Driver fatigue causes a shockingly high number of vehicular collisions each year. Fatigue occurs when mental or physical exertion literally impairs your performance. Driver fatigue can be due to a number of factors, such as lack of sleep, extended work hours, strenuous work or non-work activities. A study called the Large Truck Crash Causation Study reported that as high as thirteen percent of Commercial Motor Vehicle drivers were fatigued at the time of their respective collisions.
According to the National Safety Council, 37% of drivers surveyed by the National Highway Traffic Safety Administration admitted to falling asleep at the wheel at some point. 8% admitted doing so in the past 6 months. 60% admitted falling asleep while driving on an interstate with posted speeds of 55 MPH or higher. The drivers with the highest risks are third shift workers, people that drive a substantial number of miles each day, those with unrecognized sleep disorders, and those prescribed medication with sedatives.
But realistically, driving with fatigue happens to almost all drivers! To be prepared, know the symptoms and follow the tips below to avoid being involved in a traumatic collision caused by driver fatigue.
Symptoms of Fatigue:
- Eyes going out of focus
- Persistent Yawning
- Wandering or disconnected thoughts
- Inability to remember driving the last few miles
- Drifting between lanes
- Abnormal speed, tailgating
- Back Tension, burning eyes, shallow breathing
Here are some tips that help you stay healthy and well rested during all your driving trips;
- Get enough sleep: Try not to drive while your body is naturally drowsy, between midnight and six a.m. or between 2 p.m. to 4 p.m. Drowsiness impairs a response time to potential hazards.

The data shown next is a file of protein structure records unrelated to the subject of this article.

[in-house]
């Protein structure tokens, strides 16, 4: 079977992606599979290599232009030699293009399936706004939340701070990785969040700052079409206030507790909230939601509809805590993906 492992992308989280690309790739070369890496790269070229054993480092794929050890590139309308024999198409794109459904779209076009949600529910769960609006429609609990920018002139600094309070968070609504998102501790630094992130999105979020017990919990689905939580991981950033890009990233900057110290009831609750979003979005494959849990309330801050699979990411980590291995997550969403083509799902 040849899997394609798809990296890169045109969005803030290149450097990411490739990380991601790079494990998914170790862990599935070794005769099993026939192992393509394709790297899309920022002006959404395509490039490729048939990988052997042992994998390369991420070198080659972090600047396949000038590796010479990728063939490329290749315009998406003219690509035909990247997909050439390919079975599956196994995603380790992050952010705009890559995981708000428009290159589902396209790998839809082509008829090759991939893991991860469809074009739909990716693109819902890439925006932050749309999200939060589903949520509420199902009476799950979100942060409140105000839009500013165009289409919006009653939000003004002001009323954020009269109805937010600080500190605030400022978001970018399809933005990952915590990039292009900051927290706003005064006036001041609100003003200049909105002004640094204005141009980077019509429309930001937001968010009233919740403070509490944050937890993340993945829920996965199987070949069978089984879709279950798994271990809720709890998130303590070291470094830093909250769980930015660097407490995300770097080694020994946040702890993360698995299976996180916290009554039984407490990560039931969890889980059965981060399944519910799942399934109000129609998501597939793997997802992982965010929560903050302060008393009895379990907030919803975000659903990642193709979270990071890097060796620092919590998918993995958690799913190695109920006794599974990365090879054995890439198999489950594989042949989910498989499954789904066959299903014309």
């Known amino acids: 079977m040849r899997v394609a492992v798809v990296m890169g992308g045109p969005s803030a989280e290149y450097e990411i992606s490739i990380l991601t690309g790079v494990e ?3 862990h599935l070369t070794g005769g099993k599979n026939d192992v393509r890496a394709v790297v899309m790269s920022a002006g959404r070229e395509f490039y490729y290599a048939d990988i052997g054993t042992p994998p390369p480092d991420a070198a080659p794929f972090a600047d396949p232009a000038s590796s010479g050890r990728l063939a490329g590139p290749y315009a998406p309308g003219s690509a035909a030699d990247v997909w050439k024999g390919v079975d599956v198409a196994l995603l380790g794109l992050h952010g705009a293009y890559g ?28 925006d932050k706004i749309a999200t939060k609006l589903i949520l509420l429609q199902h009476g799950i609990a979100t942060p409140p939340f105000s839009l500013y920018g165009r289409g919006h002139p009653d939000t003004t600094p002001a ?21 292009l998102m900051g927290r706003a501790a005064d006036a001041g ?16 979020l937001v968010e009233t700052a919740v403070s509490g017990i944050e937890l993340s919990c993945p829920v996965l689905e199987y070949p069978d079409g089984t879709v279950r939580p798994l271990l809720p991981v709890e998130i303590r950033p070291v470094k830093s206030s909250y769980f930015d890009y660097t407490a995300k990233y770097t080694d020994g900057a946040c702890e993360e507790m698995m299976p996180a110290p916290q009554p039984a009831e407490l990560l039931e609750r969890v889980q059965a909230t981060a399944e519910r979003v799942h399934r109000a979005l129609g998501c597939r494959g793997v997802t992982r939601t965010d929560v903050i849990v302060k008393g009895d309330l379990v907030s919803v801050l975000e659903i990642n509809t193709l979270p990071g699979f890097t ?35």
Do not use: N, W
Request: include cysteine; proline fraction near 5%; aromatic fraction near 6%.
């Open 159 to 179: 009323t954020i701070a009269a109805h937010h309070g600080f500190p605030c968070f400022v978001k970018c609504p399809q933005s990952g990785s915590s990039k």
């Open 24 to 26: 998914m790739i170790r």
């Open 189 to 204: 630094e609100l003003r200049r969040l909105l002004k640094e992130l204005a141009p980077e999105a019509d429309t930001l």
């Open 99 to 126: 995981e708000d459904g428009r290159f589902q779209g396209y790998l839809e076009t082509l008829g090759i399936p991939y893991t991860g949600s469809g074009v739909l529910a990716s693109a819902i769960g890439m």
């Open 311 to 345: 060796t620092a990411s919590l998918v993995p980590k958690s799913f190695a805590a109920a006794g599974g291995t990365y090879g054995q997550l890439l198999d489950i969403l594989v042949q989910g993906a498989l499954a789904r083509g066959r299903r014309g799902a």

- Maintain a healthy diet: Going to bed with an empty stomach or immediately after a heavy meal can interfere with sleep. A light snack before bed may help you obtain a more restful sleep. Otherwise, you could end up driving with a slower reaction time, or reduced attention on the road.
- Take a nap: Short naps are more effective at restoring energy levels than coffee. Naps aimed at preventing drowsiness are generally more effective in maintaining a driver’s performance than naps taken when a person is already drowsy. Naps should last a minimum of 10 minutes but ideally should last up to 45 minutes. Allow at least 15 minutes after waking to fully recover before you drive.
- Avoid drowsiness inducing medications: Some of the most common medicines that make you drowsy include tranquilizers, allergy medicines, and cold medicines. Over the counter drug use contributes to several vehicular crashes annually in the U.S.
- Don’t Rely on Tricks: Many people think, drinking coffee, smoking, turning up the radio, or opening a car window can help them stay alert. These are not real cures for drowsiness and give false senses of security. Also, ingesting too much caffeine can cause headaches, insomnia, irritability, and nervousness. Any of these can lead to a collision.
- Share the driver’s seat: Share the driving responsibilities with a companion to avoid drowsiness
- Exercise: On a long trip, stop every 100 miles to get out of the car and walk around, because exercise helps to fight fatigue.
Look out for the symptoms of fatigue and follow the above steps. You could save a life. Make a conscious effort to maximize your alertness throughout the day and especially on the roads. If you’ve been injured in a motorcycle or car crash, contact Sibley Dolman Gipe Accident Injury Lawyers, PA today to get the effective and diligent representation that you deserve. Call us at 727-451-6900.
Sibley Dolman Gipe Accident Injury Lawyers, PA
800 North Belcher Road
Clearwater, FL 33765